Nine years ago last month, workers and housewives in Poland led the most violent rebellion against an East European communist regime since the Hungarian uprising of 1956. They set fire to Communist Party buildings, seized control of shipyards in Gdansk and Szczecin and forced party leader Wladyslaw Gomulka out of office.

The issue was food or, more precisely, a series of extraordinally ill-timed, pre-Christmas food price increases ordained by the government in Warsaw.

It is worth recalling this history now, in light of suggestions that the United States "shot itself in the foot" when President Carter responded to the invasion of Afghanistan by withholding 17 million tons of Soviet-bound grain.

The loss of a major overseas market will require some difficult adjustments by U.S. agriculture. The effects will not, however, be disastrous and may even help ease some of the pressures on the nation's food system in the 1980s.

As for the Russian people, they will pay a tangible price for their rulers' decision to send the Red Army into nonaligned Afghanistan. Nobody will starve because of the president's action. But Soviet consumers will have to forgo the improvements in their diet that their government has been promising ever since the Polish rioters shook the entire Soviet bloc in 1970.It is hard to imagine how the president could have sent the Russian people a more direct message.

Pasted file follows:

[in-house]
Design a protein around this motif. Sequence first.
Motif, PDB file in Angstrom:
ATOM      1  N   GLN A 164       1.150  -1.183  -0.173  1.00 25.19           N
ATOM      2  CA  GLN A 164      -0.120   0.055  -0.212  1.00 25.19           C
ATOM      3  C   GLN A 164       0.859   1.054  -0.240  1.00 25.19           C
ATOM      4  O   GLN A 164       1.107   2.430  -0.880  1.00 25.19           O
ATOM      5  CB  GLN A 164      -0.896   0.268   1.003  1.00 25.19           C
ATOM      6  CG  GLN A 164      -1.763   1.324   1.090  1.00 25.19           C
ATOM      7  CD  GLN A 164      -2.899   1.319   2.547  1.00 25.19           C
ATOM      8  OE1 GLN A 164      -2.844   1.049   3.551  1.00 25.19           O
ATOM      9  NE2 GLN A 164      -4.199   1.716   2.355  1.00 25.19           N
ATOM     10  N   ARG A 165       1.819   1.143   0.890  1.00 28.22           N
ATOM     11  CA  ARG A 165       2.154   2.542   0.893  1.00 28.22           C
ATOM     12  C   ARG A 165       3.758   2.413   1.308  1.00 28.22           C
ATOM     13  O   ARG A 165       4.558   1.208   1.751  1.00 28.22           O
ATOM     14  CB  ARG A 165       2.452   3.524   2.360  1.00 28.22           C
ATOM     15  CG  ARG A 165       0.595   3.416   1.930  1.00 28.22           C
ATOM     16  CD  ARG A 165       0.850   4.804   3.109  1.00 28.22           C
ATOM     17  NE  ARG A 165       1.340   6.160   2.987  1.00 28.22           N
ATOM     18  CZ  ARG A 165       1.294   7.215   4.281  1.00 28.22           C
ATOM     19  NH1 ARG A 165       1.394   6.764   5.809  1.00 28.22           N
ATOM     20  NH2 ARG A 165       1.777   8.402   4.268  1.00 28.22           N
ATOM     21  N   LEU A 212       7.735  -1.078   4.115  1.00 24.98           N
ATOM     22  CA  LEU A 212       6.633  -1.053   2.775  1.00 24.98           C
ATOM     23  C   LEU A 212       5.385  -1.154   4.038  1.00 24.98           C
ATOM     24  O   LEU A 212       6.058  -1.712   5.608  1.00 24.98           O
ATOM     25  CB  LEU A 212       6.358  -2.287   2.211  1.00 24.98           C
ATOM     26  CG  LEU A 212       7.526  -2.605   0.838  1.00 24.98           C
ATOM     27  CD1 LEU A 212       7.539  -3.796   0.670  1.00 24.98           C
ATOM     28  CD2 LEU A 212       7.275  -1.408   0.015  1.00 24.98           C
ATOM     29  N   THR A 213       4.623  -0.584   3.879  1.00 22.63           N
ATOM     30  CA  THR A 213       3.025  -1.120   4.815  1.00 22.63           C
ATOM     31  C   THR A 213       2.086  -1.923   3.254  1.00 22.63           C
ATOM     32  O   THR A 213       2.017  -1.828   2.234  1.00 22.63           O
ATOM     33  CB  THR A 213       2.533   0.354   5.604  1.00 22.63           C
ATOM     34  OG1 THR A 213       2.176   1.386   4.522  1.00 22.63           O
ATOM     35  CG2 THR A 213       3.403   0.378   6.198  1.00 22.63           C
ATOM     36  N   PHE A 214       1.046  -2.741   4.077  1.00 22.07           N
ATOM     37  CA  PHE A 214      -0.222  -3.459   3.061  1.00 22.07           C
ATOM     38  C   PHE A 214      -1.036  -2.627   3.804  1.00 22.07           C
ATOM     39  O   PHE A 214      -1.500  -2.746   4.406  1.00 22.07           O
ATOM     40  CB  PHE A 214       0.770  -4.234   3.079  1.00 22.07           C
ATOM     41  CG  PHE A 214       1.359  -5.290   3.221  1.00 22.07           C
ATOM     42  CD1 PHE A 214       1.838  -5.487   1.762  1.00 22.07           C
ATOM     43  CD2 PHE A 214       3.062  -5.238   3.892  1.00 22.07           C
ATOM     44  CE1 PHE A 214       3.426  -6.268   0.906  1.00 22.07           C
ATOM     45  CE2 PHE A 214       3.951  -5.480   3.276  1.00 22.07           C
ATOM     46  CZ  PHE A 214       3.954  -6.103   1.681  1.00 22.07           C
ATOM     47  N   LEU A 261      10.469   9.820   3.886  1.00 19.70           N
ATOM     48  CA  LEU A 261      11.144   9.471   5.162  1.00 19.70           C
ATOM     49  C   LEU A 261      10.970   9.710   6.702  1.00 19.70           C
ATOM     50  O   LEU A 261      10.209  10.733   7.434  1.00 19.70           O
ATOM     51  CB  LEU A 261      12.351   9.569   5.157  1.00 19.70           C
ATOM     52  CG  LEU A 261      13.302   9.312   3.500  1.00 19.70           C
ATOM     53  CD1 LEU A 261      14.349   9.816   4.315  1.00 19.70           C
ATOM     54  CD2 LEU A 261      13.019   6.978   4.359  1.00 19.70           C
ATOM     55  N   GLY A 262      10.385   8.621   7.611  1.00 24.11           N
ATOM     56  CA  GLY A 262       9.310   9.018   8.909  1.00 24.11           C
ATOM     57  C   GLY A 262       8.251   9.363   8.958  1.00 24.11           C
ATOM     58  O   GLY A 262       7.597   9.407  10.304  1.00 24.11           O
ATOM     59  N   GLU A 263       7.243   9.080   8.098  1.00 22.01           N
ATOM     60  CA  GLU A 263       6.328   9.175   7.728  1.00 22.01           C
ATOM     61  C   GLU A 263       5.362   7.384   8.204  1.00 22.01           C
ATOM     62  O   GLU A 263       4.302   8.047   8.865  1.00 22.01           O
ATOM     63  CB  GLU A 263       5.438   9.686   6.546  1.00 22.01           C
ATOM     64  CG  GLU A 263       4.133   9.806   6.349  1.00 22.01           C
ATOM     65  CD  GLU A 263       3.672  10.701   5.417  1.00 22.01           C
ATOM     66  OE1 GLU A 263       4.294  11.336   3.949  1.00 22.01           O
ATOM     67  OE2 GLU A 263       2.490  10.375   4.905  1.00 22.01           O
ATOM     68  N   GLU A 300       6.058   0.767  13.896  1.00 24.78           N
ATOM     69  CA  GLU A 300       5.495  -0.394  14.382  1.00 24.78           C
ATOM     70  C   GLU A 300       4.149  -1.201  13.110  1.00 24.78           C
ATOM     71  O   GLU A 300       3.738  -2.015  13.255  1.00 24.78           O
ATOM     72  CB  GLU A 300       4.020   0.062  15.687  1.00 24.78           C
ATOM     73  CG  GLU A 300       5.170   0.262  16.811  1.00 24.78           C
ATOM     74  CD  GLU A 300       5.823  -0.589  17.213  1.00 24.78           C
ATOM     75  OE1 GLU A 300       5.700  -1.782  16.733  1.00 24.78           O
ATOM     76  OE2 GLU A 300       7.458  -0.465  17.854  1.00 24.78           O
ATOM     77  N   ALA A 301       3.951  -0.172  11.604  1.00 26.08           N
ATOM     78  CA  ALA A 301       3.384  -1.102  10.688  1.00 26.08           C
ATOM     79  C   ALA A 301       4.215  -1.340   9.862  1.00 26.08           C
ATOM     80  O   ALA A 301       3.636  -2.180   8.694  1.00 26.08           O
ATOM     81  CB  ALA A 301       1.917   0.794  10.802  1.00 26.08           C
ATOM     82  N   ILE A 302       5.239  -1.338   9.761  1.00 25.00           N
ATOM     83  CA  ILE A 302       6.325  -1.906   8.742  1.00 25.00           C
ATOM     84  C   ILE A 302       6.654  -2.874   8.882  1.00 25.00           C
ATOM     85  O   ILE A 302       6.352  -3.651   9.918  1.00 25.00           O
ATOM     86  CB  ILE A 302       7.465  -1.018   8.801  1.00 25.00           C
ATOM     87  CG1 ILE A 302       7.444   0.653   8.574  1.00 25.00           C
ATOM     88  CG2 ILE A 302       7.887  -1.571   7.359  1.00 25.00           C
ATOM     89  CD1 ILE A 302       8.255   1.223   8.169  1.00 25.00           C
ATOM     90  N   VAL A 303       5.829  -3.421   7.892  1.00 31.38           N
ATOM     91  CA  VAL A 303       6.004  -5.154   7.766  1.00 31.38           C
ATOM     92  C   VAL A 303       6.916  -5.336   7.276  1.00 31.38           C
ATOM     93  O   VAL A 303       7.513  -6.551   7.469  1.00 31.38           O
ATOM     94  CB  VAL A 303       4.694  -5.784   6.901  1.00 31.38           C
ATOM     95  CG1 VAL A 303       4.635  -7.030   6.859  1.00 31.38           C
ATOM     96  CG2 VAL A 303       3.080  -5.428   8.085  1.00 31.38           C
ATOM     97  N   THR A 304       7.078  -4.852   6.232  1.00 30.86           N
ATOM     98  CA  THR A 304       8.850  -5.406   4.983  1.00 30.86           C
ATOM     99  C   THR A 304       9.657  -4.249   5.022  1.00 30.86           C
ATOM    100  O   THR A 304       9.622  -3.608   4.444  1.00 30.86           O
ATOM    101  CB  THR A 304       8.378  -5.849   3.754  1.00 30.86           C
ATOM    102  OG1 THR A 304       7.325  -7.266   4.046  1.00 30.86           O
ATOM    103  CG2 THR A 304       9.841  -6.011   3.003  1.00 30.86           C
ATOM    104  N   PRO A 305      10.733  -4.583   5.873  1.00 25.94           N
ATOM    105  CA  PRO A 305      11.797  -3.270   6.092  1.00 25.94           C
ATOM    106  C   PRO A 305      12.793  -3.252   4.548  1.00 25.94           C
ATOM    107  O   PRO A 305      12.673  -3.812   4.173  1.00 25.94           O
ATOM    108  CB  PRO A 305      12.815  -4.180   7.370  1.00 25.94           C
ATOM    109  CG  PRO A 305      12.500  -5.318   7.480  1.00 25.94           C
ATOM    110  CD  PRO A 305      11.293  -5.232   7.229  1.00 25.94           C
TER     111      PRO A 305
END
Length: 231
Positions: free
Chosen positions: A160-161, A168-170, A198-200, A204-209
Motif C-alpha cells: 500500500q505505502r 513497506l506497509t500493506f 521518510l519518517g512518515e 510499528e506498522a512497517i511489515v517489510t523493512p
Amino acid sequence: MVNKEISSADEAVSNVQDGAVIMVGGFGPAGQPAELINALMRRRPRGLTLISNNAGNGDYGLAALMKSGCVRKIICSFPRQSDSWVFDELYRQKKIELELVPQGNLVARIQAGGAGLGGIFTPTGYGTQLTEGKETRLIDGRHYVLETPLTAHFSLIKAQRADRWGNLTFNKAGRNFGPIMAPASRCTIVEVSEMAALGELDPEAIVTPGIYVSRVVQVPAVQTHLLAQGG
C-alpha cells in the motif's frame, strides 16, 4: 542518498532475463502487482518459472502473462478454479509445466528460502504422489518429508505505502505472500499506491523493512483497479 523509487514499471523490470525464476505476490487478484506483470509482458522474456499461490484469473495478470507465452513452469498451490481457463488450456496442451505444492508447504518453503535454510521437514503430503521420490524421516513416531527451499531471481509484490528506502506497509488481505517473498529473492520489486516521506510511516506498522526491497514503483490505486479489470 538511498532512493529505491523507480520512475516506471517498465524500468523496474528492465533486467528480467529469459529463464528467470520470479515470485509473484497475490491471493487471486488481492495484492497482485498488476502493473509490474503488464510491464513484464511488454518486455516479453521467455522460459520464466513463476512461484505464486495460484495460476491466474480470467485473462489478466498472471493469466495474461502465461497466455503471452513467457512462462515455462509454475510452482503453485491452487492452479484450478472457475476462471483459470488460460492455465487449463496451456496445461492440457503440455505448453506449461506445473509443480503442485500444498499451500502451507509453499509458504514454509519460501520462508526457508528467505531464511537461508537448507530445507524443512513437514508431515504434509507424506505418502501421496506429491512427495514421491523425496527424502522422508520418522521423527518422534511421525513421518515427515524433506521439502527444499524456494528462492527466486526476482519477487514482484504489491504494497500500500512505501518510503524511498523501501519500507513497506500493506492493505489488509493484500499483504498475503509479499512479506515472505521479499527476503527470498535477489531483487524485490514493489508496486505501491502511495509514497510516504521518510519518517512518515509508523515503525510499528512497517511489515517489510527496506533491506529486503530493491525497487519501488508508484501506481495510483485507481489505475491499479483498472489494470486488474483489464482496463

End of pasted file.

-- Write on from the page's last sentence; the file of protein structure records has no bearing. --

After Poland's troubles, "consumerism" was officially in bloom in Russia and in its satellite countries, with a special emphasis on better food and more housing. The need to improve Soviet living standards was always an underlying imperative behind the "detente" of the 1970s. This is still unfinished business for the Kremlin.

Food still uses up nearly half the disposable income of Soviet families, compared with under 20 percent in the United States. That is why the Kremlin leaders took the unusual step in the first place of spending at least $7 billion of scarce foreign exchange to purchase 75 million tons of grain and soybeans from their main global adversary, the United States.

Grain imports enabled agricultural managers to build up supplies of poultry, hogs and cattle. By 1975, Russians were eating an average of nearly 130 pounds of meat a year, compared with 105 pounds in 1970. That was still much less than the U.S. average of well over 200 pounds, and was below that of most East European countries, too. But it was progress, and Russian consumers appreciated it.

Then came a harvest in 1975 that was so terrible not even imports could sustain the livestock on hand. Numbers decreased and meat consumption fell off. With the help of massive grain imports, meat eating was just getting back to the 1975 level when Carter announced the cutoff.

The Department of Agriculture believes the Russians need 125 million tons of livestock feed this year. So Carter's decision to deny the Russians 17 of the 25 million tons they had counted on from here totally disrupts their plans.